Grand Canyon Times, Will County Gazette, Chicago City Wire. The names of many right-wing campaign papers that arrive free in the mailboxes of thousands of Americans before crucial midterm elections — masquerading as local newspapers — are similarly hyper-local.
In their heads, many of them promise “objective data” without “political bias” — but that’s false, say experts like Renee Hobbs, a media researcher at the University of Rhode Island.
It sounds like a message. But it is a covert propaganda.
It works. The “West Cook News” recently reported that a school in the suburbs of Chicago is introducing a grading system that puts white students at a disadvantage. The false report was followed by far-right online publications such as Breitbart News and Newsmax, which were widely circulated online — although the school immediately denied the report.
One-sided statements that influence readers
A development that Peter Adams of the News Literacy Program, which teaches media literacy in schools, sees with great concern. “These papers aren’t interested in local sports events or what’s going on in city government. They want to sell their own candidates and talk bad about everything else.
“Chicago City Wire” has repeatedly published negative headlines about Democratic Gov. J. Robert Pritzker and his family — with consequences, says Peter Adams.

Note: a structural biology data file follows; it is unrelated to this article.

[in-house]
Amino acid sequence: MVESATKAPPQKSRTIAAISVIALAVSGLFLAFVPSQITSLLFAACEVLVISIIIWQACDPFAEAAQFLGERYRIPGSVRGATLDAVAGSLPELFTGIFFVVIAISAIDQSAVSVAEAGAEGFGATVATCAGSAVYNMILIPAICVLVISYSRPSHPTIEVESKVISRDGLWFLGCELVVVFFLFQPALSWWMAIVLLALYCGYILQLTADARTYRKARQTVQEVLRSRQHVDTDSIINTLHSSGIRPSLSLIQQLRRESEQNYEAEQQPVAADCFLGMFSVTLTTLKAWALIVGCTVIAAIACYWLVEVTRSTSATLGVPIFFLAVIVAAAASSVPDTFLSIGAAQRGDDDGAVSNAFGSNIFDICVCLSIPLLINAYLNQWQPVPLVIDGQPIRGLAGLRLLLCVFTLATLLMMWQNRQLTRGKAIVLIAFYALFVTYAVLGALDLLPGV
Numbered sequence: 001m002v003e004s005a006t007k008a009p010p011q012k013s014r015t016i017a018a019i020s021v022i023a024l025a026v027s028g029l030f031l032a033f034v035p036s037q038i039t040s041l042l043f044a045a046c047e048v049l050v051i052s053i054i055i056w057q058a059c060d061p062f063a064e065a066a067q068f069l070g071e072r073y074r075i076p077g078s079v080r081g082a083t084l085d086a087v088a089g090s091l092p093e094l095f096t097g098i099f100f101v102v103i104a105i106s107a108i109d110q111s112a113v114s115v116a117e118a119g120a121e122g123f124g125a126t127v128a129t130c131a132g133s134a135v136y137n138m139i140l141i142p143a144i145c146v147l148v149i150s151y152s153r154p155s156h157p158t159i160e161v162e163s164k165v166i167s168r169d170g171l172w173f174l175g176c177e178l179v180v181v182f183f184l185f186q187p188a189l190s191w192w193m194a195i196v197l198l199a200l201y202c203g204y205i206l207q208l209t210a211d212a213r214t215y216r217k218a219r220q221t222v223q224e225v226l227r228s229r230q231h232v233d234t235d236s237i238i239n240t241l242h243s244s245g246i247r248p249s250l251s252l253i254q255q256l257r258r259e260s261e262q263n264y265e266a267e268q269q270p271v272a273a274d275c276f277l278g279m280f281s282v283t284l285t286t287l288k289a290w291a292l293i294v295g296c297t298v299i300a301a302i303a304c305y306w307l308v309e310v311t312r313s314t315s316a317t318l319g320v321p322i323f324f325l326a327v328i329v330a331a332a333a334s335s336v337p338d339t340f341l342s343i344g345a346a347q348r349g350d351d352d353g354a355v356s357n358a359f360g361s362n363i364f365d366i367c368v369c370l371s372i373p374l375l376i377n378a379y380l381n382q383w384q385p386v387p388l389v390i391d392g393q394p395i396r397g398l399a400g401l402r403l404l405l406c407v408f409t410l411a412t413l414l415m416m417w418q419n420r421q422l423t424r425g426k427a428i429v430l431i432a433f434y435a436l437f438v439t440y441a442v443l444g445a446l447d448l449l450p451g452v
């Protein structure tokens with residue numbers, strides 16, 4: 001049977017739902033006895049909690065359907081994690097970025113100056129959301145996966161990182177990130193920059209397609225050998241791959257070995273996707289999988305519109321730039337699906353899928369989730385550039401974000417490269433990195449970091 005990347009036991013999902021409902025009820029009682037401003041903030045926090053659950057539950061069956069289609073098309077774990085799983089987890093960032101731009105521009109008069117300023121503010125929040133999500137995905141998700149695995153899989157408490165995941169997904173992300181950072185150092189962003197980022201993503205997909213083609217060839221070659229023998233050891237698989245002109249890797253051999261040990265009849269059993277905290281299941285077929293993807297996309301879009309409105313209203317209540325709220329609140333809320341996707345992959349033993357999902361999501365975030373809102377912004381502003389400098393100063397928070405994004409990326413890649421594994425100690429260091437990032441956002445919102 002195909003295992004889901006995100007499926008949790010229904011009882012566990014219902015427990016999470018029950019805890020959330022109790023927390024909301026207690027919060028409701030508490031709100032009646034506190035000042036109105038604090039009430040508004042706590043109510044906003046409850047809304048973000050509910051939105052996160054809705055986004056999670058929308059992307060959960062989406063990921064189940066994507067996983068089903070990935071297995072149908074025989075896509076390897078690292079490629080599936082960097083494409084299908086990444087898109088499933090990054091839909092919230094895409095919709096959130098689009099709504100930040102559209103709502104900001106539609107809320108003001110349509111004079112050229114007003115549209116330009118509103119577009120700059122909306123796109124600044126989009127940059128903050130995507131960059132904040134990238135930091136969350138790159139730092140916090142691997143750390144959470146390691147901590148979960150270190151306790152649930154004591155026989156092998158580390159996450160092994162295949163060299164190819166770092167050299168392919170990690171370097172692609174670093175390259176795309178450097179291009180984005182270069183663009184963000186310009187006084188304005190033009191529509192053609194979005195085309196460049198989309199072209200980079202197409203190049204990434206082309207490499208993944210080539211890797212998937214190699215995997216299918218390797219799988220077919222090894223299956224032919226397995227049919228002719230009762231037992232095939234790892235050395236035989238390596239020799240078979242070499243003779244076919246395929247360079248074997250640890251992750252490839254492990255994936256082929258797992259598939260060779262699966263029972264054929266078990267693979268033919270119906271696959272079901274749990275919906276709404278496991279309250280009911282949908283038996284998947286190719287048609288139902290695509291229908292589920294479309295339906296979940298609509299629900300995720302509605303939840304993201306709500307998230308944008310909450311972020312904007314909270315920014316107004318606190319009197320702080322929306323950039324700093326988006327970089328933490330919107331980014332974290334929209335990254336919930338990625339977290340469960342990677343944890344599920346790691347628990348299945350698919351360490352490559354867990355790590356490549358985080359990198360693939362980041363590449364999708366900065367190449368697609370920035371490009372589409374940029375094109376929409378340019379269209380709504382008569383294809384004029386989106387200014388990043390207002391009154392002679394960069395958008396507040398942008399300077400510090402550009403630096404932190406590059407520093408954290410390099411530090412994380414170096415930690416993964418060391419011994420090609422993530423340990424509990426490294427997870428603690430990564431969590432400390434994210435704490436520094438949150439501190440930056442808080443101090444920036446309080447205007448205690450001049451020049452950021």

One-sided reports influence unsuspecting readers and their voting. They trample on the democratic process.
The lines between journalism and propaganda are blurring
Brian Timbon is responsible for the rapid growth of fake local newspapers. A Chicago entrepreneur sees the closing of 2,100 local newspapers since 2005 as a golden opportunity.
His start-up Journaletic was set up 15 years ago to automate and outsource local reports from publishers such as Hearst and Tribune Publishing — until the radio program This American Life Philippines exposed cheap workers writing local reports under false names.
Now the former TV reporter focuses on blurring the lines between journalism and political campaigning. Brian Timbon founded Metric Media, which has more than 1,200 local websites in all 50 states. It distributes printed campaign pamphlets, such as the Grand Canyon Times, a mouthpiece of Republicans loyal to Trump.
Peter Thiel’s Finance deals with print publishers
The Grand Canyon Times is funded by the Save Arizona Pack, which received $13 million from conservative billionaire Peter Thiel. At the same time, Timpon runs a network of websites and fake local newspapers in Illinois – working with newspaper publishers already there. So his fake newspapers were printed by the Daily Herald printers – until the local newspaper canceled the deal in September.
A setback for Timbon, but it didn’t last long: Gannett, America’s largest print publisher with 220 local newspapers, decided to take over the printing of fake newspapers. In an interview with public radio station NPR, Will Bussall, a media professor at Western Illinois University, criticized it.
They benefit from a propaganda machine but don’t invest in their newsrooms and slowly let their own newspapers die.
But how should readers deal with all the hype? In a column in the Washington Post, media journalist Margaret Sullivan advocated investigating the inciting reports. He warns that Americans are often faced with fake newspapers.
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